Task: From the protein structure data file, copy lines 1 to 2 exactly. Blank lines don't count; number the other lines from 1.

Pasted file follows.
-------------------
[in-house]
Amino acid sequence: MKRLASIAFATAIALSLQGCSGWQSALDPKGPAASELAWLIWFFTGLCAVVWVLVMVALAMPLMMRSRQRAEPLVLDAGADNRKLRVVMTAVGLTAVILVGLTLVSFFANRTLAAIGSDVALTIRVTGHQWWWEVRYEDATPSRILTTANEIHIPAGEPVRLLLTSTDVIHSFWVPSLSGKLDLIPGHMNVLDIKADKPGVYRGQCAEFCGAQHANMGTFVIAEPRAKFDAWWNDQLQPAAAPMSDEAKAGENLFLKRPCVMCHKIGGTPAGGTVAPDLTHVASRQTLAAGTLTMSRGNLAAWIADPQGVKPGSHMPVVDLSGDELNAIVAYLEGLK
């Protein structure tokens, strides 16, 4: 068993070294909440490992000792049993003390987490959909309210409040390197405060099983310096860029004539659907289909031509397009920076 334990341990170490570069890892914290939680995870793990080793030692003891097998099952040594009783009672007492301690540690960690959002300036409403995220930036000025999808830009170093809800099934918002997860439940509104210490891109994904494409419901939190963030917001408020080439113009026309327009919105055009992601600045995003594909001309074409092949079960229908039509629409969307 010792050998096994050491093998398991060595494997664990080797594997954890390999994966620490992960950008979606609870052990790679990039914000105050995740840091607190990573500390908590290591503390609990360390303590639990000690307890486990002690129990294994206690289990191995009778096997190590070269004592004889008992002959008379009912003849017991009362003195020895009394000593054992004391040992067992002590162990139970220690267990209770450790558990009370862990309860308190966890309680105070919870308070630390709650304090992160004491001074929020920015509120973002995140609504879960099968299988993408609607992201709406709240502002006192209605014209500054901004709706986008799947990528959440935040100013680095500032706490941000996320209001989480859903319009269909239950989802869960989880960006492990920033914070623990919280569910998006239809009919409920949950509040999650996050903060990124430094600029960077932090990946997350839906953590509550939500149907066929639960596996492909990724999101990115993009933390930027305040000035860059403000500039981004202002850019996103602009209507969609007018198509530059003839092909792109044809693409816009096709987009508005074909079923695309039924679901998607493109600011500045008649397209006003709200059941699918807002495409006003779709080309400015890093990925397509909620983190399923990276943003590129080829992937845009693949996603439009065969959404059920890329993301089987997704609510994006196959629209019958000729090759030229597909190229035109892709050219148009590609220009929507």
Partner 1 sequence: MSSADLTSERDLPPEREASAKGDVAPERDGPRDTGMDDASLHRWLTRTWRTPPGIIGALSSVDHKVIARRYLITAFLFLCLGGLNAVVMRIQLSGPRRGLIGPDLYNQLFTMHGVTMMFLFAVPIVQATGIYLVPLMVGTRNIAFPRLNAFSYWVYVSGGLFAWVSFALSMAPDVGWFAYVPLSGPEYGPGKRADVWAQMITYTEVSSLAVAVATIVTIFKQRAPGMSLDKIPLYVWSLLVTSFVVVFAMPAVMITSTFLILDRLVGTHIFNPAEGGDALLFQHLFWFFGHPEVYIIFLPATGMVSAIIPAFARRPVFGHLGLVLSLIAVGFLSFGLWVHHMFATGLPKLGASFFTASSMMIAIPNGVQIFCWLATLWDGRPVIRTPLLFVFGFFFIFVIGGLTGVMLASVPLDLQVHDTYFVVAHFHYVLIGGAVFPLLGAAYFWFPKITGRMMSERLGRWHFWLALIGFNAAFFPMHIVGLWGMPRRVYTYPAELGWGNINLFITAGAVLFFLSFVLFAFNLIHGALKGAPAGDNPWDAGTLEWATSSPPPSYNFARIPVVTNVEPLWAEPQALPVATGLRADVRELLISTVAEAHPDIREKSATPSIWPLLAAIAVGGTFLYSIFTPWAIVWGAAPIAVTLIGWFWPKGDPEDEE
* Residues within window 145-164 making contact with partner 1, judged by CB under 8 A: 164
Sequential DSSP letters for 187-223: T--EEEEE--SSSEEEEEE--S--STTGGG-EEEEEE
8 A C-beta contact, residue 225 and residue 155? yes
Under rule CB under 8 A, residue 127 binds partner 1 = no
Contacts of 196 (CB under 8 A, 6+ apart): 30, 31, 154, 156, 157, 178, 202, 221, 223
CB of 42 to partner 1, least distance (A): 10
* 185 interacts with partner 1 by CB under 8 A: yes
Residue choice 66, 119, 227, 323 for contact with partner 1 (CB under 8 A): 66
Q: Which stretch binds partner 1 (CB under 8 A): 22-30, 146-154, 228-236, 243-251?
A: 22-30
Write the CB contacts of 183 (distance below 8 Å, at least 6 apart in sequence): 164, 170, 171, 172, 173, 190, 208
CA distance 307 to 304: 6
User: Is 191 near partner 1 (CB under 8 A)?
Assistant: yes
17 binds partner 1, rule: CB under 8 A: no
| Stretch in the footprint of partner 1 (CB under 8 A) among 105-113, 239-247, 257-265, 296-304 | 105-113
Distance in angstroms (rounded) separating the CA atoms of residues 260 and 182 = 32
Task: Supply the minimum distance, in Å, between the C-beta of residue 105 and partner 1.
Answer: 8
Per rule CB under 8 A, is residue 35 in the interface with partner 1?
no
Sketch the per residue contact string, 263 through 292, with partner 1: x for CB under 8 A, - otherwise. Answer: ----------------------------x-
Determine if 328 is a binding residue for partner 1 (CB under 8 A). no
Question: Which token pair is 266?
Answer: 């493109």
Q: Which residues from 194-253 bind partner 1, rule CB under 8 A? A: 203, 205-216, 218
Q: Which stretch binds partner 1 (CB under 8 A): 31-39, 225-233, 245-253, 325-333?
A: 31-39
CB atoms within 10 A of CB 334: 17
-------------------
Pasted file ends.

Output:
[in-house]
Amino acid sequence: MKRLASIAFATAIALSLQGCSGWQSALDPKGPAASELAWLIWFFTGLCAVVWVLVMVALAMPLMMRSRQRAEPLVLDAGADNRKLRVVMTAVGLTAVILVGLTLVSFFANRTLAAIGSDVALTIRVTGHQWWWEVRYEDATPSRILTTANEIHIPAGEPVRLLLTSTDVIHSFWVPSLSGKLDLIPGHMNVLDIKADKPGVYRGQCAEFCGAQHANMGTFVIAEPRAKFDAWWNDQLQPAAAPMSDEAKAGENLFLKRPCVMCHKIGGTPAGGTVAPDLTHVASRQTLAAGTLTMSRGNLAAWIADPQGVKPGSHMPVVDLSGDELNAIVAYLEGLK